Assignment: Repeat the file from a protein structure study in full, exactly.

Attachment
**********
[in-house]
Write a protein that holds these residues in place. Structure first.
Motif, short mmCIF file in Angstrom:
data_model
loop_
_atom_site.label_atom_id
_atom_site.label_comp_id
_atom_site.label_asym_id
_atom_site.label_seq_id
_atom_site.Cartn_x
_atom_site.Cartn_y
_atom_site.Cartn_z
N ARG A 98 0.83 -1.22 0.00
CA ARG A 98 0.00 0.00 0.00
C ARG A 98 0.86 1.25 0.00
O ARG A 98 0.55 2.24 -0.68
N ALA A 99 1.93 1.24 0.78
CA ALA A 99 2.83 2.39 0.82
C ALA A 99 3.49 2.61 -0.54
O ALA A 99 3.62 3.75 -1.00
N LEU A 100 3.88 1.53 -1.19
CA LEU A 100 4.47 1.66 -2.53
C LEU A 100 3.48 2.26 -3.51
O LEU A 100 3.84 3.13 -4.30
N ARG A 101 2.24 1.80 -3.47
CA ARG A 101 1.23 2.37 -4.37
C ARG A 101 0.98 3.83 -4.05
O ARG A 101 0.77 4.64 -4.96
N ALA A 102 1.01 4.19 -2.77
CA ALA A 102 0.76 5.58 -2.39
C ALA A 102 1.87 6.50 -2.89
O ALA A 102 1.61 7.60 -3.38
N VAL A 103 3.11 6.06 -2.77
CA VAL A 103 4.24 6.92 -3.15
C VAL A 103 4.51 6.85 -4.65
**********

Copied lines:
[in-house]
Write a protein that holds these residues in place. Structure first.
Motif, short mmCIF file in Angstrom:
data_model
loop_
_atom_site.label_atom_id
_atom_site.label_comp_id
_atom_site.label_asym_id
_atom_site.label_seq_id
_atom_site.Cartn_x
_atom_site.Cartn_y
_atom_site.Cartn_z
N ARG A 98 0.83 -1.22 0.00
CA ARG A 98 0.00 0.00 0.00
C ARG A 98 0.86 1.25 0.00
O ARG A 98 0.55 2.24 -0.68
N ALA A 99 1.93 1.24 0.78
CA ALA A 99 2.83 2.39 0.82
C ALA A 99 3.49 2.61 -0.54
O ALA A 99 3.62 3.75 -1.00
N LEU A 100 3.88 1.53 -1.19
CA LEU A 100 4.47 1.66 -2.53
C LEU A 100 3.48 2.26 -3.51
O LEU A 100 3.84 3.13 -4.30
N ARG A 101 2.24 1.80 -3.47
CA ARG A 101 1.23 2.37 -4.37
C ARG A 101 0.98 3.83 -4.05
O ARG A 101 0.77 4.64 -4.96
N ALA A 102 1.01 4.19 -2.77
CA ALA A 102 0.76 5.58 -2.39
C ALA A 102 1.87 6.50 -2.89
O ALA A 102 1.61 7.60 -3.38
N VAL A 103 3.11 6.06 -2.77
CA VAL A 103 4.24 6.92 -3.15
C VAL A 103 4.51 6.85 -4.65